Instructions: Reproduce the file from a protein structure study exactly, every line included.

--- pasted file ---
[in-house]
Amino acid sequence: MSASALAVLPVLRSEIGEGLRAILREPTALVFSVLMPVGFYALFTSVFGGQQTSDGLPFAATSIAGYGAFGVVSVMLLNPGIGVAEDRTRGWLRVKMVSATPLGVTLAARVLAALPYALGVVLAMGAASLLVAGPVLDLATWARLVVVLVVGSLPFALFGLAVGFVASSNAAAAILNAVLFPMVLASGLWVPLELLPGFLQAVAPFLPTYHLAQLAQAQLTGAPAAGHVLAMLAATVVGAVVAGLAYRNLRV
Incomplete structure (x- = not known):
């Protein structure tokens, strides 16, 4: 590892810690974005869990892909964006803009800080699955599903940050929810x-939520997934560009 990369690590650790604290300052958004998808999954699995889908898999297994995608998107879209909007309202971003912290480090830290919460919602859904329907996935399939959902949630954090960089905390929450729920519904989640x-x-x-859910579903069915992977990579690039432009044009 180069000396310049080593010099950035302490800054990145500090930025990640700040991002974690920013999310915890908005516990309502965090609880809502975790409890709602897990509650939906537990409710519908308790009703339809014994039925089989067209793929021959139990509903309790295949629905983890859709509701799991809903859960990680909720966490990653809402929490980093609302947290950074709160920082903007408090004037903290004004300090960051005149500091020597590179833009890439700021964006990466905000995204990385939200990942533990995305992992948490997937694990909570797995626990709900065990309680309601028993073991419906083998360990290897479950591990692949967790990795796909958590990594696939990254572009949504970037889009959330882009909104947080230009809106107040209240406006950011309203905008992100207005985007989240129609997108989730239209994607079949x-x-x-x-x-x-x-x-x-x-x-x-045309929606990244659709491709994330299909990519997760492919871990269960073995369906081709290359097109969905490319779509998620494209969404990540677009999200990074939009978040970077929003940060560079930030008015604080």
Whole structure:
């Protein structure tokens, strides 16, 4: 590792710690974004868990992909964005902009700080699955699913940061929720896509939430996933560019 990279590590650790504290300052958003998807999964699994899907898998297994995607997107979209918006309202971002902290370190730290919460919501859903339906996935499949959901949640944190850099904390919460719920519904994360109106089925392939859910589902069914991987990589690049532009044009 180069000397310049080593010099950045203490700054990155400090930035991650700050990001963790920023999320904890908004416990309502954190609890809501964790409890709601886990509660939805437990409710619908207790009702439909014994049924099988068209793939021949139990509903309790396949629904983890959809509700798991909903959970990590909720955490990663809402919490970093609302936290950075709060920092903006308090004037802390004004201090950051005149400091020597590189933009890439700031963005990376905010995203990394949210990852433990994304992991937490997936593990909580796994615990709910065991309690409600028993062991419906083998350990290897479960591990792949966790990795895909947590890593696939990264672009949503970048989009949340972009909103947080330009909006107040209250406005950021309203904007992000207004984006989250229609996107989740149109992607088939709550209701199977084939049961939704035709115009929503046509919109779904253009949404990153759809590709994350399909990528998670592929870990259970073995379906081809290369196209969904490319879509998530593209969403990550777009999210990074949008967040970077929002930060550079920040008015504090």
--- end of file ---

[in-house]
Amino acid sequence: MSASALAVLPVLRSEIGEGLRAILREPTALVFSVLMPVGFYALFTSVFGGQQTSDGLPFAATSIAGYGAFGVVSVMLLNPGIGVAEDRTRGWLRVKMVSATPLGVTLAARVLAALPYALGVVLAMGAASLLVAGPVLDLATWARLVVVLVVGSLPFALFGLAVGFVASSNAAAAILNAVLFPMVLASGLWVPLELLPGFLQAVAPFLPTYHLAQLAQAQLTGAPAAGHVLAMLAATVVGAVVAGLAYRNLRV
Incomplete structure (x- = not known):
């Protein structure tokens, strides 16, 4: 590892810690974005869990892909964006803009800080699955599903940050929810x-939520997934560009 990369690590650790604290300052958004998808999954699995889908898999297994995608998107879209909007309202971003912290480090830290919460919602859904329907996935399939959902949630954090960089905390929450729920519904989640x-x-x-859910579903069915992977990579690039432009044009 180069000396310049080593010099950035302490800054990145500090930025990640700040991002974690920013999310915890908005516990309502965090609880809502975790409890709602897990509650939906537990409710519908308790009703339809014994039925089989067209793929021959139990509903309790295949629905983890859709509701799991809903859960990680909720966490990653809402929490980093609302947290950074709160920082903007408090004037903290004004300090960051005149500091020597590179833009890439700021964006990466905000995204990385939200990942533990995305992992948490997937694990909570797995626990709900065990309680309601028993073991419906083998360990290897479950591990692949967790990795796909958590990594696939990254572009949504970037889009959330882009909104947080230009809106107040209240406006950011309203905008992100207005985007989240129609997108989730239209994607079949x-x-x-x-x-x-x-x-x-x-x-x-045309929606990244659709491709994330299909990519997760492919871990269960073995369906081709290359097109969905490319779509998620494209969404990540677009999200990074939009978040970077929003940060560079930030008015604080």
Whole structure:
């Protein structure tokens, strides 16, 4: 590792710690974004868990992909964005902009700080699955699913940061929720896509939430996933560019 990279590590650790504290300052958003998807999964699994899907898998297994995607997107979209918006309202971002902290370190730290919460919501859903339906996935499949959901949640944190850099904390919460719920519904994360109106089925392939859910589902069914991987990589690049532009044009 180069000397310049080593010099950045203490700054990155400090930035991650700050990001963790920023999320904890908004416990309502954190609890809501964790409890709601886990509660939805437990409710619908207790009702439909014994049924099988068209793939021949139990509903309790396949629904983890959809509700798991909903959970990590909720955490990663809402919490970093609302936290950075709060920092903006308090004037802390004004201090950051005149400091020597590189933009890439700031963005990376905010995203990394949210990852433990994304992991937490997936593990909580796994615990709910065991309690409600028993062991419906083998350990290897479960591990792949966790990795895909947590890593696939990264672009949503970048989009949340972009909103947080330009909006107040209250406005950021309203904007992000207004984006989250229609996107989740149109992607088939709550209701199977084939049961939704035709115009929503046509919109779904253009949404990153759809590709994350399909990528998670592929870990259970073995379906081809290369196209969904490319879509998530593209969403990550777009999210990074949008967040970077929002930060550079920040008015504090």